PI: Dr. Roland Strong
Location: Fred Hutchinson Cancer Research Center
Tailoring immunotargeting and immunomodulatory reagents for the treatment of cancer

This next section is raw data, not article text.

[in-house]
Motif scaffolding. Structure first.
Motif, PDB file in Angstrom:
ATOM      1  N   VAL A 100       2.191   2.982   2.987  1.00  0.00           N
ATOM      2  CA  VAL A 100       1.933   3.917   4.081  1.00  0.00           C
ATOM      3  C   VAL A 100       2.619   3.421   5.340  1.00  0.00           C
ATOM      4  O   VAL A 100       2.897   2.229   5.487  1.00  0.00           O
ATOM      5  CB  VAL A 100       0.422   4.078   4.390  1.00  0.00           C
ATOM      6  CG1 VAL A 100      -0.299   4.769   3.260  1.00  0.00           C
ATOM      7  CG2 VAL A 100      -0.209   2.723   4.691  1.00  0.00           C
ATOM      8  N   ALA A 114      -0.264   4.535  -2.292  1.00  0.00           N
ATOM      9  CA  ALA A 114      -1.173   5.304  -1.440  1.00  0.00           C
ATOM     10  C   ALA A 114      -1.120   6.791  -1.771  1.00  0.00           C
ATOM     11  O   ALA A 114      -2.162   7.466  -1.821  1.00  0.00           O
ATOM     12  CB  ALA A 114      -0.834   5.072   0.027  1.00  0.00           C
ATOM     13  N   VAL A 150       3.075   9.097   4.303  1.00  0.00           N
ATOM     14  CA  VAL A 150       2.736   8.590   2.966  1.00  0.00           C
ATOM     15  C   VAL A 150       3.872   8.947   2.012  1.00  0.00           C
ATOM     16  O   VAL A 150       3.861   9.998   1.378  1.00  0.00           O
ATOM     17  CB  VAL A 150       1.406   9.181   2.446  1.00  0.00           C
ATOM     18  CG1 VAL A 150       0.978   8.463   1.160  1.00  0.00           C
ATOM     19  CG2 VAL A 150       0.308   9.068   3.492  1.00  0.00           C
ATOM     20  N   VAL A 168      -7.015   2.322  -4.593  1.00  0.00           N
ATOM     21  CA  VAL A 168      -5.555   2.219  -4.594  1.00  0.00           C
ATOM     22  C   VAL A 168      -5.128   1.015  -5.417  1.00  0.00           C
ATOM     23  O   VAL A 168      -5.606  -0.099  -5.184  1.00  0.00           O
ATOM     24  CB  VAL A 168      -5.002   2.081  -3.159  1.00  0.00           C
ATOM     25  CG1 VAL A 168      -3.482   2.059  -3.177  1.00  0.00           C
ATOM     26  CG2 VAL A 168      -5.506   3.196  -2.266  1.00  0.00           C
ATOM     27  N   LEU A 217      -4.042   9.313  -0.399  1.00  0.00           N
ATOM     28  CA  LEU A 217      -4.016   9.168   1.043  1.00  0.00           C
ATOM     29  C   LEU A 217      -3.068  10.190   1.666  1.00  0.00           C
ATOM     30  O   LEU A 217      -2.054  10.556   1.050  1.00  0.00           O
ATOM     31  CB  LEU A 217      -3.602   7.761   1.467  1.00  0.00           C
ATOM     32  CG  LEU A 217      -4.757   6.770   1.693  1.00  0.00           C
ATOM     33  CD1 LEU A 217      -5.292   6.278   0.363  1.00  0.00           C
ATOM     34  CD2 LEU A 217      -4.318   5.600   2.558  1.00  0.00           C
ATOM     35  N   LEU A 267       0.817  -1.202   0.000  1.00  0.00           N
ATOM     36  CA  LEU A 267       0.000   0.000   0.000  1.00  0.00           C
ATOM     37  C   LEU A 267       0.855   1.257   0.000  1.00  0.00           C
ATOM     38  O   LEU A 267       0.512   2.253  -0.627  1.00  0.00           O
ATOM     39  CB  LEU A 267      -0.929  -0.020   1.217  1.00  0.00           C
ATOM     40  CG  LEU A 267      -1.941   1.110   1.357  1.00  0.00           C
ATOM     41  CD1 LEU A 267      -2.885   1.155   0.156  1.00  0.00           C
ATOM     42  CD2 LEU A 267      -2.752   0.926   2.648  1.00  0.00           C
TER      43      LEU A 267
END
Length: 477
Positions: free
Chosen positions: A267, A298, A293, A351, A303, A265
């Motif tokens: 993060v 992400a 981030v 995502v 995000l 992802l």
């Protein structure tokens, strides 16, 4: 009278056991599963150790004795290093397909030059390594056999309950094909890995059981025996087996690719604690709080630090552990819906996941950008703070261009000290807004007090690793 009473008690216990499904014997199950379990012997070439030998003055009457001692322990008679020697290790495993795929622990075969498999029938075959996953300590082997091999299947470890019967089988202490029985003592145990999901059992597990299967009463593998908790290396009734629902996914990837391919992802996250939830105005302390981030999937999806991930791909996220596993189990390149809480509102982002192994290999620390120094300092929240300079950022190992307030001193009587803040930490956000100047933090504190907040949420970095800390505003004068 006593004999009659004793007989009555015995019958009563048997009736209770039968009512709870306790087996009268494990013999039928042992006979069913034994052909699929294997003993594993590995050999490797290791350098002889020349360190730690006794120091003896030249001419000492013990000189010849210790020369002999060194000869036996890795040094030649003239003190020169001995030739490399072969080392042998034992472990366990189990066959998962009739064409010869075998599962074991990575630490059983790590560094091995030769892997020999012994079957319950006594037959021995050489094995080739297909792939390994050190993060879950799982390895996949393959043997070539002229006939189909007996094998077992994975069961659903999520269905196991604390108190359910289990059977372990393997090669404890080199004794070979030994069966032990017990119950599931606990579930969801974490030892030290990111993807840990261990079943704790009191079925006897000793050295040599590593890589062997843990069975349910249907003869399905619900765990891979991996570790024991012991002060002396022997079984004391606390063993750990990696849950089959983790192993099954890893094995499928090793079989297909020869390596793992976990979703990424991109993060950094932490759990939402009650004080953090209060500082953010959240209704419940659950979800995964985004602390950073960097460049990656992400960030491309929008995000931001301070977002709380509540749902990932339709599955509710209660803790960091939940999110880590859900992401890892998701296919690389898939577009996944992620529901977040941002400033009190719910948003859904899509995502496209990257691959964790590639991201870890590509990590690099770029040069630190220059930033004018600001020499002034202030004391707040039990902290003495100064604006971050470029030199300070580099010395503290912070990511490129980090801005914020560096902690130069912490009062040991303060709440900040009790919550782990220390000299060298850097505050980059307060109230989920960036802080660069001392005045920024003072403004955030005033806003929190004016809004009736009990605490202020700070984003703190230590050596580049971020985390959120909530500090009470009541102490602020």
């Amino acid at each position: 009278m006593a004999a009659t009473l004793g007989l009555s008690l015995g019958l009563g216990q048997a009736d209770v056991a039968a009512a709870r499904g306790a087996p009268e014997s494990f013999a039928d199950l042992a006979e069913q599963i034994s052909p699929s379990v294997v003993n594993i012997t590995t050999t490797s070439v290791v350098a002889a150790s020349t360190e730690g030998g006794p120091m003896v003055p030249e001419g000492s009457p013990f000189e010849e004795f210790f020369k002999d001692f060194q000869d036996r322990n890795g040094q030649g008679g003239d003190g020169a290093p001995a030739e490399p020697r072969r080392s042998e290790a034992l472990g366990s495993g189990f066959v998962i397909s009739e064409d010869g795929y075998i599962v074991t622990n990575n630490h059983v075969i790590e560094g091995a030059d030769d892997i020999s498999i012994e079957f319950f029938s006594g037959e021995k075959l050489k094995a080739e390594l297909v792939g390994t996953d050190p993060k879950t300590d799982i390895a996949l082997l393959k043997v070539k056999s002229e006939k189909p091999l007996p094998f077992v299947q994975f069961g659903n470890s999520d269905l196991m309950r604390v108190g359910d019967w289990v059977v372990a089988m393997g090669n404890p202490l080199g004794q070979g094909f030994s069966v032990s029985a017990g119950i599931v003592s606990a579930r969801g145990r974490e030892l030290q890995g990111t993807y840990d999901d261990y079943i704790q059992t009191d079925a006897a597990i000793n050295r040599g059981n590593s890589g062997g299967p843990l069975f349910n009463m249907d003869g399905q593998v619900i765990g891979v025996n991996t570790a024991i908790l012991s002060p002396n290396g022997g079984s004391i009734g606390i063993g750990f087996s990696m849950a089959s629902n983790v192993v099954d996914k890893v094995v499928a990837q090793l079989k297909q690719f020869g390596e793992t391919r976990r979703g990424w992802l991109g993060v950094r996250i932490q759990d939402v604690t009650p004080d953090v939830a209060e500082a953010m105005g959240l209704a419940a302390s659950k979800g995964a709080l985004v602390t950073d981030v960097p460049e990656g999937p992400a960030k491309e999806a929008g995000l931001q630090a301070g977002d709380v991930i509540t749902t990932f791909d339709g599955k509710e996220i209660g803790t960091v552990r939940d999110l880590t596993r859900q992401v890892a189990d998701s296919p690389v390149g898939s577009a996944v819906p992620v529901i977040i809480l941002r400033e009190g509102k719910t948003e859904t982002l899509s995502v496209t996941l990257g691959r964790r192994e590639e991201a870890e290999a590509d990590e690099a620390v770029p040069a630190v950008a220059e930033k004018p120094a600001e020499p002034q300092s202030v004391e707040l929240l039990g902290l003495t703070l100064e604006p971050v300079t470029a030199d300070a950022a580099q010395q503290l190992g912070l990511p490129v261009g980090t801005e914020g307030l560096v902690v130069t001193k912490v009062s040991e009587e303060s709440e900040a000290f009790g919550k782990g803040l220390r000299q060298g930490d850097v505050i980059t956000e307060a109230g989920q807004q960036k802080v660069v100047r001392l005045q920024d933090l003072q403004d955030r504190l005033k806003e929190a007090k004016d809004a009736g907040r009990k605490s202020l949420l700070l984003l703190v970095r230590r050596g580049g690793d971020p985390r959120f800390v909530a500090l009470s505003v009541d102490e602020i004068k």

This project builds on two ongoing efforts: (1) to specifically elicit, customize and weaponize antibodies to target solid tumors induced by viruses and (2) to translate immunomodulators that target T cell co-receptor signaling pathways from canine to human patients for managing the sequelae of treatments for hematopoietic tumors. Antibodies are clinically-relevant reagents for treating various diseases, though often require chemical conjugation to generate useful diagnostics or therapeutics. We are developing novel antibody fusion proteins, adding functional modules that enable simple, plug-and-play, non-covalent incorporation of a variety of adducts. We are also developing improved versions of MHC proteins as immunogens to efficiently elicit antibodies specific for virally-infected cells. Computational refinement of initial designs is required to fully realize these approaches. Bone marrow transplants, now embodied as non-myoablative hematopoietic stem cell transplants (HSCT), are highly effective in the treatment of leukemias, but often result in potentially fatal graft-versus-host-disease (GVHD). We are developing improved immunosuppressive regimens based on engineered ligands for T cell co-receptors that would reduce the often debilitating side-effects of current protocols, using the dog model of post-HSCT GVHD. Computational reengineering will be required to translate canine-specific reagents to the human system while minimizing immunogenicity. Both applications are active collaborations with clinicians.